Consider the gift of life

Register to be an organ, eye and tissue donor

National Donor Day is observed every year on the same day as Valentine’s Day, Feb. 14. Though Valentine’s Day and National Donor Day have already passed, the need for organ donors remains. 

In Wyoming alone, there are nearly 150 people awaiting a life-saving donation. 

What is National Donor Day?

Ryea’ O’Neill is the Community Relations Director for Donor Alliance in Wyoming. Her family was both a donor and recipient family. Due to her previous experience, she was moved by cause. 

“It’s not a coincidence National Donor Day and Valentine’s Day fall on the same day each year,” O’Neill said. “It’s about showing the love. Saying yes gives hope to community members across the state.”

According to, “National Donor Day is an observance dedicated to spreading awareness and education about organ, eye and tissue donation. By educating and sharing the Donate Life message, we can each take small steps every day to help save and heal more lives, and honor the donor’s legacy of generosity and compassion.”

O’Neill says talking with one’s family about the choice is one of the biggest priorities for National Donor Day. All too often there have been circumstances where a person has passed away, the doctor approaches the family and asks them if they would like to donate their loved one’s organs.

“No family should have to make that decision,” O’Neill said. 

Families should come together and talk about these decisions. While they are not decisions to be taken lightly, talking about it now could prevent one’s family from having to deal with the matter later. 

“It’s really important for families to talk about their decision to be an organ, eye and tissue donor. We encourage them to discuss it prior to coming to the office where they will be asked if they want to join the organ and tissue donor registry. Letting your family know your decision will make it easier on everyone if something were to happen to you,” Deb Cain, Torrington driver services supervisor said. “My family has been fortunate to have a member receive an organ and another who was able to donate corneas. Don’t assume your family knows. Start the conversation.”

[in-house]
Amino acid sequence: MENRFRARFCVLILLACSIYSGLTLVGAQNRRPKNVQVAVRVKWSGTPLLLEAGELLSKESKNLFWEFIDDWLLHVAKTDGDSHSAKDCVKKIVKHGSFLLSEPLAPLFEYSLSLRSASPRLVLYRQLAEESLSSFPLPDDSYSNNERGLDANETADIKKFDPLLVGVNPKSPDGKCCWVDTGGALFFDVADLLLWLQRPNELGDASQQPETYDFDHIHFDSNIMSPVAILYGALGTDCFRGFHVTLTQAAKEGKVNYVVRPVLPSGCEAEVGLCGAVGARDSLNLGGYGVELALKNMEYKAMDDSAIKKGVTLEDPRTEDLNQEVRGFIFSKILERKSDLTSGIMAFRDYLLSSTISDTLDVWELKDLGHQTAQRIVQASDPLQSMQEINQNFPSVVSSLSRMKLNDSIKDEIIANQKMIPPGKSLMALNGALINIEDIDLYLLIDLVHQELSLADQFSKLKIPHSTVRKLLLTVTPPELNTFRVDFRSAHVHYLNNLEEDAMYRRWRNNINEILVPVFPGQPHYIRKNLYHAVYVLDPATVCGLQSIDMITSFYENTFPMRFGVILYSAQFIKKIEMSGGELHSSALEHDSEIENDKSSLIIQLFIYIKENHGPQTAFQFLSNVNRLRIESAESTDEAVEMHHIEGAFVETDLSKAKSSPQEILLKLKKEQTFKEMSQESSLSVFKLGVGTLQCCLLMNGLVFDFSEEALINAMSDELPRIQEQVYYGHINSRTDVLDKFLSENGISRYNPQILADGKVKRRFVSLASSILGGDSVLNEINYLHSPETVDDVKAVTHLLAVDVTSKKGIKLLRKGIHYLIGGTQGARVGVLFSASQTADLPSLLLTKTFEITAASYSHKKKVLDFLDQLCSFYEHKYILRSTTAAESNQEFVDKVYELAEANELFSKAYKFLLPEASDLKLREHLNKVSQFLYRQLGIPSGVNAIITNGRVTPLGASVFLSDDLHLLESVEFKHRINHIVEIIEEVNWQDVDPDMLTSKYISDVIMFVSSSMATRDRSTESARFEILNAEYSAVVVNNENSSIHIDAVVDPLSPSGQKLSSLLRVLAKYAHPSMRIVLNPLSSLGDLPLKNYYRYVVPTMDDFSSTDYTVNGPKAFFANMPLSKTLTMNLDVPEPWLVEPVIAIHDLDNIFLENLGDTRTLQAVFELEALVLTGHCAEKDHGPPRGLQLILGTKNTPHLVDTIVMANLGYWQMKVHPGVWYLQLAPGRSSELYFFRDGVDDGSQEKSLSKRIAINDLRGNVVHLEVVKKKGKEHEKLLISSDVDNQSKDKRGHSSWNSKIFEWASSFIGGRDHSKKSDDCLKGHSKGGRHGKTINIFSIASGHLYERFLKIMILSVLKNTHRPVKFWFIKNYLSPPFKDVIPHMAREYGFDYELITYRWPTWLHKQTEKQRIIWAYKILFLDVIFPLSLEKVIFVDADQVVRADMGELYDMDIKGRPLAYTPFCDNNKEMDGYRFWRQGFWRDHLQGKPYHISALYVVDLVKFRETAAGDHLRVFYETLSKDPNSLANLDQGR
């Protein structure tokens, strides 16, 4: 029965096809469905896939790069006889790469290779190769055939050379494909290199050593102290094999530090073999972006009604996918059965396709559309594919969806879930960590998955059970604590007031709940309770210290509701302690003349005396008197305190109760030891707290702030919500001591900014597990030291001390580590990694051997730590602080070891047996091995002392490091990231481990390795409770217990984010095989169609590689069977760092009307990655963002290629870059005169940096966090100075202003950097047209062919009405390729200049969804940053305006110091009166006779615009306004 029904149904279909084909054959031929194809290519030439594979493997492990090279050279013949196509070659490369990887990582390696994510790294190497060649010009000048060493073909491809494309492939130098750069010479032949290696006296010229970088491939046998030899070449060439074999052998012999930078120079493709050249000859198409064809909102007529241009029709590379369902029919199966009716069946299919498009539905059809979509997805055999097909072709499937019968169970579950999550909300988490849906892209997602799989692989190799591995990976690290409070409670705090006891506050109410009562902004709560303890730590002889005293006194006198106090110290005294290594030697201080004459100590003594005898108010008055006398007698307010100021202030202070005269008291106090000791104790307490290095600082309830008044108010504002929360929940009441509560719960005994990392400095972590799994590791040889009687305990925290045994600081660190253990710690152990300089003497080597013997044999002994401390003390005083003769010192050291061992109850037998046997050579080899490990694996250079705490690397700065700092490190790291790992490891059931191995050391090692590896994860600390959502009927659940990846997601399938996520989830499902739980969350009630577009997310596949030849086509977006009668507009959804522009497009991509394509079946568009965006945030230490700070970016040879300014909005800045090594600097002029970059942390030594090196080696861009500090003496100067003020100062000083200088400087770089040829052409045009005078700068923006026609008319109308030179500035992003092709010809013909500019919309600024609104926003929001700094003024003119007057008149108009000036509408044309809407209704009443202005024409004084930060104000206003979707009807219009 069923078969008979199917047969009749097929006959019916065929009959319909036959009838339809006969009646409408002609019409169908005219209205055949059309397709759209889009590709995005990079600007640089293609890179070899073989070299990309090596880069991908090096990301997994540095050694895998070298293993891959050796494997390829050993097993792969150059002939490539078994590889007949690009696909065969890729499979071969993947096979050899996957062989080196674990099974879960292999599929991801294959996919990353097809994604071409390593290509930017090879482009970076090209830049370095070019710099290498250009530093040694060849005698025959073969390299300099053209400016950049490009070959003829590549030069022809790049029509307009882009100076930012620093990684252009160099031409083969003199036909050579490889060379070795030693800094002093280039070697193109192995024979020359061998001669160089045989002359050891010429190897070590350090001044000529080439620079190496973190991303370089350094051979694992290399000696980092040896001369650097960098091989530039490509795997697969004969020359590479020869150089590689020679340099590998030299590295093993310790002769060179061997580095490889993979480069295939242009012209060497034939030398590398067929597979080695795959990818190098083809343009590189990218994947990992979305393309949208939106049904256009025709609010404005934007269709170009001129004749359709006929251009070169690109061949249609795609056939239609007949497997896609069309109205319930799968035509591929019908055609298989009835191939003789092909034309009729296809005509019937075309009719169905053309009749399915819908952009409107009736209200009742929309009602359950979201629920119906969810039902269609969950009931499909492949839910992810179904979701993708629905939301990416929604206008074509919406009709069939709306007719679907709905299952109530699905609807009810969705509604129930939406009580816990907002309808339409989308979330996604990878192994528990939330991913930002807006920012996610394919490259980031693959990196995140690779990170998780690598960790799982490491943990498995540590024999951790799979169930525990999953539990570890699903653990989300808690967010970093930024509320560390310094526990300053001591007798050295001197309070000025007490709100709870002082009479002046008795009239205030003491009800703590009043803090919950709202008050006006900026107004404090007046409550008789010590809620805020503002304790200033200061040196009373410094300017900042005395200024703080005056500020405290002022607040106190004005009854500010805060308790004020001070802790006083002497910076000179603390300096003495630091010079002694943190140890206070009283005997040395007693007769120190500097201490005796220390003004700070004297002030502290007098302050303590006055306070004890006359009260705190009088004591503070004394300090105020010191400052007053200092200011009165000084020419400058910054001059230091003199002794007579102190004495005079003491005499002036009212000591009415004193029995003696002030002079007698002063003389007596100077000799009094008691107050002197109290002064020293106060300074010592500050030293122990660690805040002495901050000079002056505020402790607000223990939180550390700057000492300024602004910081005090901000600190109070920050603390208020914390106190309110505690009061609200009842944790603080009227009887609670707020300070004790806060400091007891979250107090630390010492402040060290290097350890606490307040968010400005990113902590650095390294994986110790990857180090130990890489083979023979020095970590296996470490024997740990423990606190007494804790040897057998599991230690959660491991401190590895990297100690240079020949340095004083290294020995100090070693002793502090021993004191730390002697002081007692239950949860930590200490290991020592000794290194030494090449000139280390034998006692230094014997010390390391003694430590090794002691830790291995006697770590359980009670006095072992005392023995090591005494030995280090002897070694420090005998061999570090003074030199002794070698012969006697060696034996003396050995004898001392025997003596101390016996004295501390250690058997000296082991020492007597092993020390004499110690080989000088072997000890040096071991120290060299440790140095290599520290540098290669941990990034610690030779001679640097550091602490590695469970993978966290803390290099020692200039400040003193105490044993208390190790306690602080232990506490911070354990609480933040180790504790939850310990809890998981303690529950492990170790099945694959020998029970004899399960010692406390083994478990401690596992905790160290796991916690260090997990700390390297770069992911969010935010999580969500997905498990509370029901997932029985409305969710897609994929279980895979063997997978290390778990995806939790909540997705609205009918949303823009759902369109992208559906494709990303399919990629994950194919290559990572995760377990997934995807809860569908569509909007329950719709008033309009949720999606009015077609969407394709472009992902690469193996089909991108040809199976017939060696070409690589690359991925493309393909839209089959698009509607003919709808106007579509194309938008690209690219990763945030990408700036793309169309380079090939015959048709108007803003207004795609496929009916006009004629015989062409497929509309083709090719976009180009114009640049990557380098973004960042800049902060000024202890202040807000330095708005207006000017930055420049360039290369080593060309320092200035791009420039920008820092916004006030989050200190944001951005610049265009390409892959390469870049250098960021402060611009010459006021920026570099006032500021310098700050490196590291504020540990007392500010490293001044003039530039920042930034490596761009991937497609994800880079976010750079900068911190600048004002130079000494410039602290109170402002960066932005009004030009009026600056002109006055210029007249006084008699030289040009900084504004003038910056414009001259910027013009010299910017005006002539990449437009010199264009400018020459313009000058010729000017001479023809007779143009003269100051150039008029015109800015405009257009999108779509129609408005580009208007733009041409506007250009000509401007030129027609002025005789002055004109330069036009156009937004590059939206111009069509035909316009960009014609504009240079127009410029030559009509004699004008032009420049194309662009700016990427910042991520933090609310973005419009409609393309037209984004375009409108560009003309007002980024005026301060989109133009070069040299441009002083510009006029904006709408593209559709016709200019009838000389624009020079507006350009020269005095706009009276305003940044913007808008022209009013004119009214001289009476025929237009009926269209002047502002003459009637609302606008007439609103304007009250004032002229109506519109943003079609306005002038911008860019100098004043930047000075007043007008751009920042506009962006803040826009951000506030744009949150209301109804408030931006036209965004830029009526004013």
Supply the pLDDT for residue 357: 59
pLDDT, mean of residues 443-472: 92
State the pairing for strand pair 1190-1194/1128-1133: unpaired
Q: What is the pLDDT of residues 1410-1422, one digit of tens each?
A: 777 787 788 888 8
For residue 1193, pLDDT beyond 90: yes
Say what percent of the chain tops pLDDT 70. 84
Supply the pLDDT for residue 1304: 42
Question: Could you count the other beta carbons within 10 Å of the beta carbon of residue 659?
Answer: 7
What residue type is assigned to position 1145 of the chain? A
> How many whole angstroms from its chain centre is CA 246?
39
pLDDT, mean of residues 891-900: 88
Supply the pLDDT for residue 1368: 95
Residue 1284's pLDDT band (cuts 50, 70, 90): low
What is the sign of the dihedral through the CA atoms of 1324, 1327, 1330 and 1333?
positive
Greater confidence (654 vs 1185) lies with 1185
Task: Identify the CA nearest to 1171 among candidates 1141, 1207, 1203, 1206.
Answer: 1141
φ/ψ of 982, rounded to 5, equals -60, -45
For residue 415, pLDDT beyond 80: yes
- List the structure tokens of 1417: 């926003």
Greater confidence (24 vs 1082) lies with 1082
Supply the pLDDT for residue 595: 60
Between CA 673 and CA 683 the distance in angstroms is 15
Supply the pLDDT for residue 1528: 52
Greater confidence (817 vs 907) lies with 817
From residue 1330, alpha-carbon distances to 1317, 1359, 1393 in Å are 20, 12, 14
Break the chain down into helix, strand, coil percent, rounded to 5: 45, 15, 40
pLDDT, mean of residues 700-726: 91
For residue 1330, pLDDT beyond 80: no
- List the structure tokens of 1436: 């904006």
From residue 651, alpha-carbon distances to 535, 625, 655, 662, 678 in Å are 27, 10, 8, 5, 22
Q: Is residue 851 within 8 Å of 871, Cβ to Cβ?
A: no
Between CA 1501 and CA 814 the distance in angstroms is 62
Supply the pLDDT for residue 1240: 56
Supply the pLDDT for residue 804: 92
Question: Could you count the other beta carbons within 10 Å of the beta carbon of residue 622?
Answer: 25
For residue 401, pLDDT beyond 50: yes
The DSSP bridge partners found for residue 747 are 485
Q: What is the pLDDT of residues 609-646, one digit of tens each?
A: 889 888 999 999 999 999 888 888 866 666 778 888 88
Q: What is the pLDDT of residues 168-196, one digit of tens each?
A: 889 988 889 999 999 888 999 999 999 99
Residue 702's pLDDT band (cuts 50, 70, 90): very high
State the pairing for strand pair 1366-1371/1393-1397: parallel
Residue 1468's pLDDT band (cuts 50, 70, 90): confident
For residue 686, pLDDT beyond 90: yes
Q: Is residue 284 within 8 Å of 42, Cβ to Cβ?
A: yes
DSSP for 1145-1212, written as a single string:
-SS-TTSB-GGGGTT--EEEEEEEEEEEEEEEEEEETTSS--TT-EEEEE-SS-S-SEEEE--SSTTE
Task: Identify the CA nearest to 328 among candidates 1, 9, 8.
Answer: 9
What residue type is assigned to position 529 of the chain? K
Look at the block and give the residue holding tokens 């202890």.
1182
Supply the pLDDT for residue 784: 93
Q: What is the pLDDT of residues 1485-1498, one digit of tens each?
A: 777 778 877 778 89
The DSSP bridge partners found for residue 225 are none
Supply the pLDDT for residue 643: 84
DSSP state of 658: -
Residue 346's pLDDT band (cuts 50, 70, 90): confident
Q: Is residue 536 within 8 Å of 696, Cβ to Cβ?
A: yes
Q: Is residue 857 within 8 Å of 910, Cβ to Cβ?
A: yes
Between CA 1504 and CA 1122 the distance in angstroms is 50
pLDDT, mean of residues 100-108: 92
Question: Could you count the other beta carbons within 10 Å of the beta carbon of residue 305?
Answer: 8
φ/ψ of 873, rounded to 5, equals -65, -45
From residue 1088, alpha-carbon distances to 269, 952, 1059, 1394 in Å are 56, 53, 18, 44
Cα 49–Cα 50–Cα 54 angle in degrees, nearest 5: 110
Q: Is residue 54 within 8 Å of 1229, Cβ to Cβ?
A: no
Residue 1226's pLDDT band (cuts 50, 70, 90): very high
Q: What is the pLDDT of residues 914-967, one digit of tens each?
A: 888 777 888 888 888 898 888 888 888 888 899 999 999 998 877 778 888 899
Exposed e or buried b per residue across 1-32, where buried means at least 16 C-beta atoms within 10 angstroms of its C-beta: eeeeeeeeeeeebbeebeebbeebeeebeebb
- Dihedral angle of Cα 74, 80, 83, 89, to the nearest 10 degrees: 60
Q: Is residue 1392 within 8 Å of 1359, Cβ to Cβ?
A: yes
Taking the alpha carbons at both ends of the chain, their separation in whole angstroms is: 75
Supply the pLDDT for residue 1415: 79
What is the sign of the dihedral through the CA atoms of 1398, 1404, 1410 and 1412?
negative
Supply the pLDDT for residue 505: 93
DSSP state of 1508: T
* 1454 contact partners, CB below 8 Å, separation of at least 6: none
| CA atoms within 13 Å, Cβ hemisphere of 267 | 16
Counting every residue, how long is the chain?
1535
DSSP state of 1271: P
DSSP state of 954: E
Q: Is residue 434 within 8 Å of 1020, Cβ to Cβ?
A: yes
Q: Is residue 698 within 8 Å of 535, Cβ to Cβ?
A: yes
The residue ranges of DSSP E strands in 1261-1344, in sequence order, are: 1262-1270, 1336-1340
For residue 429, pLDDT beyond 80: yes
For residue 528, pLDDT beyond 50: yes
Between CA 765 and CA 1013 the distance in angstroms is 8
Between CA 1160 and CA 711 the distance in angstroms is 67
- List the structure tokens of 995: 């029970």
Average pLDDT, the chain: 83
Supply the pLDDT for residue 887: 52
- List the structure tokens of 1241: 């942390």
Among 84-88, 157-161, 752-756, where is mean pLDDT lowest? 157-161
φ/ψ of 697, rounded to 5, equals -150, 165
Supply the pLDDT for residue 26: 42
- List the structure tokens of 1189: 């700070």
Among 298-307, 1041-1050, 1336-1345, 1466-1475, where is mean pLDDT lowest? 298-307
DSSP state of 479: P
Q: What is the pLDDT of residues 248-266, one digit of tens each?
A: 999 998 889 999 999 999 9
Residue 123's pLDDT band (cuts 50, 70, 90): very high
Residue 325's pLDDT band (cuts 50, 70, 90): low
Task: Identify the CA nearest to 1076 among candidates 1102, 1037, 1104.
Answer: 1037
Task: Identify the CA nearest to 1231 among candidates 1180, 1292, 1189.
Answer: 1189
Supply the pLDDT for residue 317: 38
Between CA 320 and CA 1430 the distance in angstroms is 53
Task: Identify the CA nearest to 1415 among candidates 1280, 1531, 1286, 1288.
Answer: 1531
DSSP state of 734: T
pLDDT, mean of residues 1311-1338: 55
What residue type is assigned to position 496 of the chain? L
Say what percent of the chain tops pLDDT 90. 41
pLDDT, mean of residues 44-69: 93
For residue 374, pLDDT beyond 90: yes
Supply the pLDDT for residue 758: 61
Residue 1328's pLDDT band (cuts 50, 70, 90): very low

In addition, signing up as a donor takes the burden of deciding off the family and places priority on the deceased person’s wishes to be a donor. The deceased person’s preference will take priority over the family’s preference.

How does the waiting list work?

According to, a healthcare provider determines a patient requires a transplant and they are place on the organ transplant waiting list. They remain on that list until an organ becomes available.

The United Network for Organ Sharing (UNOS) takes in the medical data of the patient and their organ and tissue needs. The organization then works to match donors and recipients with the lifesaving organs and tissues based on a combination of donor and transplant candidate medical data and the location of the transplant and honor hospitals, according to

What organs and tissues can be donated?

A person’s heart, kidneys, liver, lungs, pancreas, small intestines, eyes/corneas, heart valves, bone and associated tissues, skin, veins, arteries and nerves can all be donated so long as they are healthy. In addition, organs and tissues can be donated for research and education purposes. 

Who can donate?

Anyone can choose to donate, regardless of age and medical history. Those with chronic medical conditions and infectious diseases might still be able to donate. The doctor’s take all these factors into consideration and make the appropriate well-measured decision to harvest the organs, eyes and tissues that can be used. 

In Wyoming 62% of all residents said yes to organ, eye and tissue donation. Of the 62%, women in Wyoming said yes to donation at a rate 10% higher than men.  

How do I register?

It’s very easy to get registered as a donor and that registration could make a larger impact than one might think. Besides that, the need is immense. According to, “110,000 men, women and children are waiting for lifesaving organ transplants. Every 10 minutes another person is added to the national transplant waiting list.”

Any person can register by visiting the Wyoming website at or the national website at and selecting “Register to be a Donor.” According to, “registration takes less than a minute.” 

If a person is concerned about registering online, they can visit their local 

A donor could save up to eight lives by donating their organs, restore sight for up to two people with eye donations and heal the lives of up to 75 people, according to Donate Life America.

What about live donations?

If a person wishes to donate now, whether it be a kidney, part of one’s liver, pancreas or intestines, they must contact a transplant center directly as living donations are not part of signing up as an organ, eye and tissue donor through donate life. 

For questions, call Donate Life Wyoming at 307-577-1700, email them at [email protected] or visit their office at 330 South Center Street, Suite 418, in Casper.